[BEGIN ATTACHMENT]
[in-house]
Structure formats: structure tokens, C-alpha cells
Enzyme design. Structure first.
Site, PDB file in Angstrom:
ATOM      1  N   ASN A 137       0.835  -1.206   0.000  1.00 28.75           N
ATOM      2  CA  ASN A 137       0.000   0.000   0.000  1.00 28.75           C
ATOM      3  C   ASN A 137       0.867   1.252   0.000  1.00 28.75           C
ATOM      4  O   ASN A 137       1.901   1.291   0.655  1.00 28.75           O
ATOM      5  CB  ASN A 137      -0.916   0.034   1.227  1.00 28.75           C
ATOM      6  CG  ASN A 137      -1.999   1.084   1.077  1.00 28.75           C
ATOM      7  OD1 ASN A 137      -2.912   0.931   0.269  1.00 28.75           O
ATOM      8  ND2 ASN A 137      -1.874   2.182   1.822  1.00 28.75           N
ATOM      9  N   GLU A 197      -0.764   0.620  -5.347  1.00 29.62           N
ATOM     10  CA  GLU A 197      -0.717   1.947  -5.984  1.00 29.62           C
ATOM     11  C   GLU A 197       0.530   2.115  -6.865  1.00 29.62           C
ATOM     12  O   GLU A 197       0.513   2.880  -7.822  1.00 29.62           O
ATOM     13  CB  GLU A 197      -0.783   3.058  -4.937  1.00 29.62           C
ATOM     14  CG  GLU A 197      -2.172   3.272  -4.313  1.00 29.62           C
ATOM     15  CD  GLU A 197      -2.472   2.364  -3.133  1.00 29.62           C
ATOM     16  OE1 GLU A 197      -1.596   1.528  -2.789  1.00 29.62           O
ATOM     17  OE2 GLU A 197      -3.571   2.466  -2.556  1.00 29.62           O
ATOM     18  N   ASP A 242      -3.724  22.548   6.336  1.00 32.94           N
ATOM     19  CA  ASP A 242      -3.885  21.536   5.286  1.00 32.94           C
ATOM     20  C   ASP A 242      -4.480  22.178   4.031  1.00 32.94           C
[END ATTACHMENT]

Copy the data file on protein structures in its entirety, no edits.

[in-house]
Structure formats: structure tokens, C-alpha cells
Enzyme design. Structure first.
Site, PDB file in Angstrom:
ATOM      1  N   ASN A 137       0.835  -1.206   0.000  1.00 28.75           N
ATOM      2  CA  ASN A 137       0.000   0.000   0.000  1.00 28.75           C
ATOM      3  C   ASN A 137       0.867   1.252   0.000  1.00 28.75           C
ATOM      4  O   ASN A 137       1.901   1.291   0.655  1.00 28.75           O
ATOM      5  CB  ASN A 137      -0.916   0.034   1.227  1.00 28.75           C
ATOM      6  CG  ASN A 137      -1.999   1.084   1.077  1.00 28.75           C
ATOM      7  OD1 ASN A 137      -2.912   0.931   0.269  1.00 28.75           O
ATOM      8  ND2 ASN A 137      -1.874   2.182   1.822  1.00 28.75           N
ATOM      9  N   GLU A 197      -0.764   0.620  -5.347  1.00 29.62           N
ATOM     10  CA  GLU A 197      -0.717   1.947  -5.984  1.00 29.62           C
ATOM     11  C   GLU A 197       0.530   2.115  -6.865  1.00 29.62           C
ATOM     12  O   GLU A 197       0.513   2.880  -7.822  1.00 29.62           O
ATOM     13  CB  GLU A 197      -0.783   3.058  -4.937  1.00 29.62           C
ATOM     14  CG  GLU A 197      -2.172   3.272  -4.313  1.00 29.62           C
ATOM     15  CD  GLU A 197      -2.472   2.364  -3.133  1.00 29.62           C
ATOM     16  OE1 GLU A 197      -1.596   1.528  -2.789  1.00 29.62           O
ATOM     17  OE2 GLU A 197      -3.571   2.466  -2.556  1.00 29.62           O
ATOM     18  N   ASP A 242      -3.724  22.548   6.336  1.00 32.94           N
ATOM     19  CA  ASP A 242      -3.885  21.536   5.286  1.00 32.94           C
ATOM     20  C   ASP A 242      -4.480  22.178   4.031  1.00 32.94           C